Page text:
Christianity and Pluralism (3): Easter and a Co-opted Christianity

Lesslie Newbigin, the inspiration for this series, has a great story about a time when he was a young Christian missionary in India. It really helped me to grasp this next topic. He recalls:

When I was a young missionary I used to spend one evening each week in the monastery of the Ramakrishna Mission in the town where I lived, sitting on the floor with the monks and studying with them the Upanishads and the Gospels. In the great hall of the monastery, as in all the premises of the Ramakrishna Mission, there is a gallery of portraits of the great religious teachers of humankind. Among them, of course, is a portrait of Jesus. Each year on Christmas Day worship was offered before this picture. Jesus was honored, worshipped, as one of the many manifestations of deity in the course of human history. To me, as a foreign missionary, it was obvious that this was not a step toward the conversion of India. It was the co-option of Jesus into the Hindu worldview. Jesus had become just one figure in the endless cycle of karma and samsara, the wheel of being in which we are all caught up. He had been domesticated into the Hindu worldview. That view remained unchallenged. (GPS, 3)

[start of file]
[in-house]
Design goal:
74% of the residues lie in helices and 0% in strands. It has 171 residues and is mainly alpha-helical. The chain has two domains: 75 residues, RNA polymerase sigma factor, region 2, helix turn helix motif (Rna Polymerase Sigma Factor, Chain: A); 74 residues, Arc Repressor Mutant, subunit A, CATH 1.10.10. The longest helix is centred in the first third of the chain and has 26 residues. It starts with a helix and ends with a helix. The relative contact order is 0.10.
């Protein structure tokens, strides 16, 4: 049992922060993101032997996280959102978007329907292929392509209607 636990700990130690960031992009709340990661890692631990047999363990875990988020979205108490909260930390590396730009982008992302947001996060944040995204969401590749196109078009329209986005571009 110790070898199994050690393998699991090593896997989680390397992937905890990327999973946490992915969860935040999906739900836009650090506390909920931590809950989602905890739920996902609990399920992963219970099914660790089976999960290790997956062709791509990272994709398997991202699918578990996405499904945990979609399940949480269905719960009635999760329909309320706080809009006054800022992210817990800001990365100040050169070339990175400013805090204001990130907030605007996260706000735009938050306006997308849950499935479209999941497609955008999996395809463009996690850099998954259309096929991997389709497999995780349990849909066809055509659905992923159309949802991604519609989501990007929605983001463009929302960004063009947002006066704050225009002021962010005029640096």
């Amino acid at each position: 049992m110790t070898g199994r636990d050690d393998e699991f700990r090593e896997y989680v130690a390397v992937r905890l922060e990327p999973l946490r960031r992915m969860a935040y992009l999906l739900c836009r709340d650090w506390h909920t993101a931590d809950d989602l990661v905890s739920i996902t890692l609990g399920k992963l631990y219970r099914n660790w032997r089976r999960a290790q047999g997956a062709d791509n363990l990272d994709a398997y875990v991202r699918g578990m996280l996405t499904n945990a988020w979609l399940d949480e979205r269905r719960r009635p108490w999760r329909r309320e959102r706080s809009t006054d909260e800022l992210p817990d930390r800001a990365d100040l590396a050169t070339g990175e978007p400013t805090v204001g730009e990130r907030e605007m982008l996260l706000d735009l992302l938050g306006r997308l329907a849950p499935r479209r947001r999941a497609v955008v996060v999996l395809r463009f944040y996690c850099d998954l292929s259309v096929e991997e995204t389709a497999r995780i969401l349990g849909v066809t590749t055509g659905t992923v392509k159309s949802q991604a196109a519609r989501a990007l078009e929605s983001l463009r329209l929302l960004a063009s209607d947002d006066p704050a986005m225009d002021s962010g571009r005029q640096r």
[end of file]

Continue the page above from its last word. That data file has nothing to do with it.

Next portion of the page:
Every culture has a set of beliefs its members take for granted. Newbigin calls this its plausibility structure. Read more of this post

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Pithy Post: When the Ashes are Washed Away

On Ash Wednesday, and during the whole season of Lent, Christians around the world remember their mortality. Today, many of us remember it by putting ashes on our foreheads. It evokes that famous passage in the Bible:

For dust you are
and to dust you will return.
We remember intentionally and communally what we all know personally each time we lose a loved one. Our world is broken, we are broken, and we will break.
But are Christians just a bunch of morbid mood killers? No. We sit in the reality of our ashes so that we can fully celebrate it when Christ washes them away. Lent ends with Holy Week! Lent ends with Jesus taking on our mortality, donning our ashes for us, dying on the cross, and then raising from the dead on Easter day. Lent ends with Jesus washing away our ashes in the cleansing water of baptism.
Lent ends.